Jay Rosen has blogged at length about the "master narrative" in journalism — the story that controls how we tell, and understand, all the other stories in a particular realm.
As I was writing Say Everything, I thought about that phrase and realized that, in the big tale of the rise of blogging, there are really two master narratives vying for our attention — two patterns of thinking into which most discussions of blogs fall.
In one, heroic rebels take on a rotting establishment. They stake out new freedoms, develop new tools, and form new communities. They "crash the gates" (the title of one blog manifesto) and retire the gatekeepers.
In master narrative number two, moronic upstarts dismantle the values of our culture and replace them with triviality and self-absorption. These bloggers provide instant gratification for themselves and leave everyone else overwhelmed and adrift.
Each of these pictures, of course, contains some partial truth. It is remarkable how far many bloggers, flush with enthusiasm for their newfound freedom, are willing to go in making outsize claims for blogging's transformative influence. And it never ceases to make me chuckle when I see curmudgeonly defenders of the old order, livid at the new blogging norm, raining thunderbolts of disdain down upon it — often from the perches of their own blogs.
I think I'd probably be having an easier time of explaining Say Everything to the world if I'd have simply pulled either of these stances off the shelf and donned it, ready-made. Or I could have pitted them against each other and emerged from the straw-man smackdown with some sort of happy-medium conclusion.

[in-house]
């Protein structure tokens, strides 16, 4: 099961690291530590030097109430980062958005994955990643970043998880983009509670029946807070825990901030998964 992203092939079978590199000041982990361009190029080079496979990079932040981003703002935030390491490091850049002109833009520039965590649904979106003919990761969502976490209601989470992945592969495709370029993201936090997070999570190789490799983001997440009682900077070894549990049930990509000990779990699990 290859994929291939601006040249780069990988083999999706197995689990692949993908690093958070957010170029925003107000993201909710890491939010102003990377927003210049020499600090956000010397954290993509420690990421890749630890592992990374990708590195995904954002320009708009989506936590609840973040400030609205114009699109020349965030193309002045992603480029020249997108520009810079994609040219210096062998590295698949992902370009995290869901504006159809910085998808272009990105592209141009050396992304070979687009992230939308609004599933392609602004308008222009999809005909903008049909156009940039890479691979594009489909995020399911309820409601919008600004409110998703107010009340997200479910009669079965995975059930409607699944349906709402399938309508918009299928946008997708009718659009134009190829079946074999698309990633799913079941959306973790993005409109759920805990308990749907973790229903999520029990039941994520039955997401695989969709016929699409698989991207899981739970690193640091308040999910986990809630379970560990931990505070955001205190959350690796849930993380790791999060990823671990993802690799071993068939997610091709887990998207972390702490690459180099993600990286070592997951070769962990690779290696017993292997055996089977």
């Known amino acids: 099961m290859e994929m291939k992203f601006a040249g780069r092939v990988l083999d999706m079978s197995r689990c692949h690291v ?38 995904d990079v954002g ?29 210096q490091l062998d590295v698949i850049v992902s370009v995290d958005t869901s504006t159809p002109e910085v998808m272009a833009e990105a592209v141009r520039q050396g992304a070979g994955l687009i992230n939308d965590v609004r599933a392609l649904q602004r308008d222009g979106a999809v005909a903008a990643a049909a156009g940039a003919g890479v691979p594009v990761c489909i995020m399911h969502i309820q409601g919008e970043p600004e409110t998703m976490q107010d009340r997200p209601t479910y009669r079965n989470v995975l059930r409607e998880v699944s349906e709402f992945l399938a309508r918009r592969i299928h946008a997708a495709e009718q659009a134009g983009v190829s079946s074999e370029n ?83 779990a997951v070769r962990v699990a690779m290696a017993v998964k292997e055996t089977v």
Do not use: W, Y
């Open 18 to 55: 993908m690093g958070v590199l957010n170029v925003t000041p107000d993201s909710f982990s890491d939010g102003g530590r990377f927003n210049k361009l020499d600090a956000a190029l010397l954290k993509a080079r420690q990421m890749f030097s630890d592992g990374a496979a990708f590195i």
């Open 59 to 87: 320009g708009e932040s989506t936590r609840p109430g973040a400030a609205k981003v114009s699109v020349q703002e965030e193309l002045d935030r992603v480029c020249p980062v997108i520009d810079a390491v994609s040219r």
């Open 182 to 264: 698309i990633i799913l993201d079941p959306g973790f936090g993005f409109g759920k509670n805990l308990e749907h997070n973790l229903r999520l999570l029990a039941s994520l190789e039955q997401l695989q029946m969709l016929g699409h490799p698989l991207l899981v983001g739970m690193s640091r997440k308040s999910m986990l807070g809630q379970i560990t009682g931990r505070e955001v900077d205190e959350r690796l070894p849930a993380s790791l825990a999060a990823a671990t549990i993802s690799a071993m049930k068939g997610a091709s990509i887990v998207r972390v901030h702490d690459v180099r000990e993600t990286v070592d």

Instead, I tried to weld together an entirely new master narrative. This version of the tale tells how the pioneers of blogging took control of their own stories and evolved a new form of writing that was native to the Web. Then, even as this thing they'd created spread to become a mass phenomenon, they found that it had slipped from their grasp, and they could not realize all of their own ambitions for it.
It's a more complex storyline. Doesn't lend itself to the quickie summary. I'm not going to sell the screenplay, I think. On the other hand, unlike the prefab master narratives, it fits the stories and research I gathered. Perhaps that makes it more of a servant narrative: It serves the stories rather than dictating their shape.
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Scott Rosenberg is a cofounder of Salon.com, where he long served as managing editor, and is the author of Dreaming in Code.
Books mentioned in this post
Scott Rosenberg is the author of Say Everything: How Blogging Began, What It's Becoming, and Why It Matters